Reviewing the Breadth of Different Stock Exchanges

By Greg Schnell, Lita Epstein

Before you jump into stocks, it’s a good idea to understand the breadth of three different exchanges: the NASDAQ Stock Exchange, the New York Stock Exchange (NYSE), and the Toronto Stock Exchange (TSE).

The NASDAQ composite breadth

The NASDAQ composite ($COMPQ) is the name for all of the NASDAQ listed stocks compiled together. The NASDAQ Stock Exchange has a lot of small tech companies that struggle as well as some exceptionally huge, successful tech companies. The index behaves different from the S&P 500 ($SPX) and can be helpful in monitoring breadth as an early warning. The threshold levels never get as strong, and the charts can show weakness early.

This image shows the NASDAQ composite ($COMPQ) with a bullish percent index ($BPCOMPQ) below the level the market usually breaks down from (60 percent). It also shows that the percentage of NASDAQ stocks above the 200 DMA ($NAA200R) is only at 50 percent. It will be difficult to make higher highs if only 50 percent of the stocks are above the 200 DMA.

NASDAQ composite breadth
Chart courtesy of
NASDAQ composite breadth.

The settings on the chart to make the display can be confusing at first. This image shows the settings used to create the NASDAQ composite chart shown above. The chart style for the percentage of stocks above the 200 DMA is a histogram type. Use the overlay tool to add reference lines on the chart.

NASDAQ breadth
Chart courtesy of
NASDAQ breadth settings.

The NASDAQ 100 Index ($NDX) is typically the fastest-moving index because of the high-growth-rate companies that are listed there. The NASDAQ 100 list includes all the giant tech companies. Because of the size of these large companies, as long as this index continues to do well, the NASDAQ 100 market can continue to outperform. Almost all of these companies are also in the S&P 500. When the NASDAQ 100 chart holds up, usually that is supportive of the S&P 500. If the NASDAQ 100 breadth starts to weaken, that can be a much better clue that the overall market is probably going to pull back deeper than most people expect when the correction starts.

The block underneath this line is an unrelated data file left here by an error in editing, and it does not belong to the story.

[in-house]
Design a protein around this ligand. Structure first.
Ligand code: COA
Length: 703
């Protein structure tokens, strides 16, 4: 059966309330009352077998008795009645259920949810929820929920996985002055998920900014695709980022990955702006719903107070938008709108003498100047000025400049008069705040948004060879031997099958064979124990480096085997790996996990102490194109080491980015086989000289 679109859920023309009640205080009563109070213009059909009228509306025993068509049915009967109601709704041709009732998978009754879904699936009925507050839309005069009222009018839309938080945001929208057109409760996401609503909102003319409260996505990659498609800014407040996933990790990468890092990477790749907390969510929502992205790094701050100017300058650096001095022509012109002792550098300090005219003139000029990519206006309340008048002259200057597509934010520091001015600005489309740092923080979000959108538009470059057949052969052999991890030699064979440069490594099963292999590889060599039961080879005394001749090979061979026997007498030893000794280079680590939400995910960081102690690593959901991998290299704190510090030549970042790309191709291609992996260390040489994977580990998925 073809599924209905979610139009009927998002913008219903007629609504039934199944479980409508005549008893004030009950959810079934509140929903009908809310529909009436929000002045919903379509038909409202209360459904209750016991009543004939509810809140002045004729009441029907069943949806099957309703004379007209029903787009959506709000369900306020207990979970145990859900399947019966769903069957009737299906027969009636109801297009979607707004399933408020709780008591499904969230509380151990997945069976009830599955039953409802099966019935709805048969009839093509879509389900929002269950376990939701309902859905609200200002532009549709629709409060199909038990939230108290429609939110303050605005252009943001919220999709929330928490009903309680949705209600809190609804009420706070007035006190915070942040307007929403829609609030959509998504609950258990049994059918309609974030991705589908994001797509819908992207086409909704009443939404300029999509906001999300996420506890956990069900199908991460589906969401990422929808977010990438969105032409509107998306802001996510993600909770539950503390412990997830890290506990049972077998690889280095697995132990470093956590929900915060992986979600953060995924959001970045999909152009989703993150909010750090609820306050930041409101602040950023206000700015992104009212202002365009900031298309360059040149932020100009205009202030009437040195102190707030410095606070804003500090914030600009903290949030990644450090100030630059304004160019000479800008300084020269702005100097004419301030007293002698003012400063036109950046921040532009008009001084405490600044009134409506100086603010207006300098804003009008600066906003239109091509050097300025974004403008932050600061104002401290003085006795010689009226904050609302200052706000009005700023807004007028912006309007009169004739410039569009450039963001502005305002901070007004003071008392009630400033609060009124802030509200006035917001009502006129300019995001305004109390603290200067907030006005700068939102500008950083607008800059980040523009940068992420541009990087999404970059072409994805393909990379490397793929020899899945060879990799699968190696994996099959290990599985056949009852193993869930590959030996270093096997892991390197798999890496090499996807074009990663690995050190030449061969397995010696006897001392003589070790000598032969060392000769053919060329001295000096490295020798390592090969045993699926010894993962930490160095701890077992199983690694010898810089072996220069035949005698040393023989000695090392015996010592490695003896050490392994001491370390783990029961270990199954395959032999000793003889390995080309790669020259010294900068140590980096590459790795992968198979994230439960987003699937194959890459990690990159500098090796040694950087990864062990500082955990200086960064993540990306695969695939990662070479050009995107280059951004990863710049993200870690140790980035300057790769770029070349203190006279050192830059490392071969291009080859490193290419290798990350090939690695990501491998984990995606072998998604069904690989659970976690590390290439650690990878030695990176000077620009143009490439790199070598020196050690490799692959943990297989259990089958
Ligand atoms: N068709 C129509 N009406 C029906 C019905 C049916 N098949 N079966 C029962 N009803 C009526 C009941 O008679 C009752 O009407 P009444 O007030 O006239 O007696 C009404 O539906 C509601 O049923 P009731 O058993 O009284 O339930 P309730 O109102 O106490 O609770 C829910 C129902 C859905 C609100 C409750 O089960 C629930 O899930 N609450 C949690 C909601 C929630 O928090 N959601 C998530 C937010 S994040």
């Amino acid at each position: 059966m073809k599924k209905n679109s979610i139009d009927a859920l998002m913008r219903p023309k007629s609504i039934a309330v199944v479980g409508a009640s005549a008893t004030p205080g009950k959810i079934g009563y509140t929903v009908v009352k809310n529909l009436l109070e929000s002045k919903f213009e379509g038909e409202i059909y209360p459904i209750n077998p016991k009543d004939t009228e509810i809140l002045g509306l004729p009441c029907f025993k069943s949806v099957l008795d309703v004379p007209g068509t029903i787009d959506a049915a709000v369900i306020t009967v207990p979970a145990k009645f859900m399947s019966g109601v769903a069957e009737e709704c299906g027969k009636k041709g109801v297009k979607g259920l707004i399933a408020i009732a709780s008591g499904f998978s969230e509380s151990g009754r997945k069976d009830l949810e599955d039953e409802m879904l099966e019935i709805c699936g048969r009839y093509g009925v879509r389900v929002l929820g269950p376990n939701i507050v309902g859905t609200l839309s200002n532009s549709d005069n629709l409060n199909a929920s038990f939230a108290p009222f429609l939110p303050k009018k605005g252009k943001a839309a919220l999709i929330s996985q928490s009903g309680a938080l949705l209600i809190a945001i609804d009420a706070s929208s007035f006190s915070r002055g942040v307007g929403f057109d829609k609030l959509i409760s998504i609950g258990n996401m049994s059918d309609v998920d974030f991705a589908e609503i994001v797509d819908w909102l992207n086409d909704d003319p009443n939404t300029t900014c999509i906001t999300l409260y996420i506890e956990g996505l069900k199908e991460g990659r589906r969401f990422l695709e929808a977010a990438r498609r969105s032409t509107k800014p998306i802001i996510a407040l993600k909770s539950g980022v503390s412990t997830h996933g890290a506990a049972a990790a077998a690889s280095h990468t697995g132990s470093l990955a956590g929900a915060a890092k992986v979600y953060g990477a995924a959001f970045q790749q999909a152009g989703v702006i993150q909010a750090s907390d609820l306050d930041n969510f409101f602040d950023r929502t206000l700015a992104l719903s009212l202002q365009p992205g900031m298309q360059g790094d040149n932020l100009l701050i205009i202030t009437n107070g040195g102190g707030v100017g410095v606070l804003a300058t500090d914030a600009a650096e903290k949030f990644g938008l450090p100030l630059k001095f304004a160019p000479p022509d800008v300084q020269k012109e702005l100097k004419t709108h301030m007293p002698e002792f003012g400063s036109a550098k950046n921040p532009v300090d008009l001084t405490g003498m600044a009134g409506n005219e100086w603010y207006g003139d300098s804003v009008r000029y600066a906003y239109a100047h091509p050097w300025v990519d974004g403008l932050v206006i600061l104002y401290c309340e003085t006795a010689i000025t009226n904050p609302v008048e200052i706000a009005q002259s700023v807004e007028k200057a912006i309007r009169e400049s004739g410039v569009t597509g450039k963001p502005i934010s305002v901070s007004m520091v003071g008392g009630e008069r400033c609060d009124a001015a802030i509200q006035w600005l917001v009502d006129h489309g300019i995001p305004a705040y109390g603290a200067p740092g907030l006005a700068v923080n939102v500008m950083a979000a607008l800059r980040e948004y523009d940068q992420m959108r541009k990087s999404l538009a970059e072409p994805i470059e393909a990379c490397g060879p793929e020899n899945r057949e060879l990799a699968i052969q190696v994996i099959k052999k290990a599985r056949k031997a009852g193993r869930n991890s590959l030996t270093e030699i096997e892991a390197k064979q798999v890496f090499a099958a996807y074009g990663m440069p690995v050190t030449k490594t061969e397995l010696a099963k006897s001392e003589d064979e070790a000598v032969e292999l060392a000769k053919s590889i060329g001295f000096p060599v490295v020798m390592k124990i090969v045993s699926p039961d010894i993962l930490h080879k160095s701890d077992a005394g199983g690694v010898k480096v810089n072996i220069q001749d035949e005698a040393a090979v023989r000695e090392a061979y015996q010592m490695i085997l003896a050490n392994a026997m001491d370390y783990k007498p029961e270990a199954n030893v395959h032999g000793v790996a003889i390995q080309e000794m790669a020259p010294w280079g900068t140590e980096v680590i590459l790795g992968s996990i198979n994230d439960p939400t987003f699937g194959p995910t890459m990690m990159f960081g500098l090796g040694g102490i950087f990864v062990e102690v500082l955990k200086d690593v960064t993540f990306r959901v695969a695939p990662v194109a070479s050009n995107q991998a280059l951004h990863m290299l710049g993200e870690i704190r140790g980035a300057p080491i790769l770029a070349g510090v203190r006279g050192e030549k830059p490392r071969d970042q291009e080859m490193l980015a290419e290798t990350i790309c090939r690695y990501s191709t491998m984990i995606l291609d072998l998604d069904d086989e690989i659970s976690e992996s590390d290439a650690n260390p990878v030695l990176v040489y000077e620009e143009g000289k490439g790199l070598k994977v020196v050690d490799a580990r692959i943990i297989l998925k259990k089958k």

The image below shows that the bullish percent index is very weak, with only 52 percent of the stocks on a buy signal, but the percentage of stocks above the 200 DMA shows 69 percent, well above 65 percent.

Chart courtesy of
NASDAQ 100 breadth.

Which chart is right? If the percentage of stocks above the 200 DMA is still holding up well, the market will probably try to rally before a more serious break. If a lot of stocks are well above the 200 DMA, a significant move will be required to get below the 200 DMA.

Lastly, while it looks like the crash of the tech stocks in 2000 was obvious in the top panel, the bullish percent index was whipping wildly in extremes for multiple years. These huge percentage swings made it difficult to be on either side of the market. Unfortunately, the data for the percentage of stocks above the 200 DMA was not calculated at the time.

The New York Stock Exchange composite breadth

While the NASDAQ Stock Exchange has more high fliers, the NYSE has a lot of the great stable U.S. companies that investors can trust to deliver dividends and growth of capital. With so many banks, utilities, and pipeline companies listed on the exchange, the breadth charts are different as well.

A significant majority of financial, insurance, and real estate stocks are listed on the NYSE. These stocks don’t have a growth rate that compares to the NASDAQ 100, but the shareholders of these stocks are focused on dividends and consistent growth. This type of investor is a longer-term investor and does not typically chase momentum stocks.

The chart below shows both indicators for the New York Stock Exchange composite right at the levels where it usually holds. The levels are so close, there was not room to post the lines with the market levels.

New York Stock Exchange
Chart courtesy of
New York Stock Exchange composite breadth.

The Toronto Stock Exchange breadth

Canada exports a lot of products to the United States, but its stock markets can be very different. The chart shape in August 2017 makes the Canadian market breadth an interesting contrast to U.S. market breadth to see how the charts break down. The BPI is well below the 70 percent level, and the percentage of stocks above the 200 DMA is below 46. The market has moved 1,000 points away from the high while the U.S. markets hit all-time highs.

Using the breadth indicators would help Canadian investors see the weakness in their market before their trading account becomes damaged, while U.S. stocks continued higher almost every week.

Toronto Stock Exchange
Chart courtesy of
Toronto Stock Exchange breadth.

The Canadian market has a significant weighting in oil and gas, financials, and mining. These three groups make up two-thirds of the market in Canada. While the developments in other sectors of the market can add thrust, at least two of the major sectors have to be doing well for the market to go higher.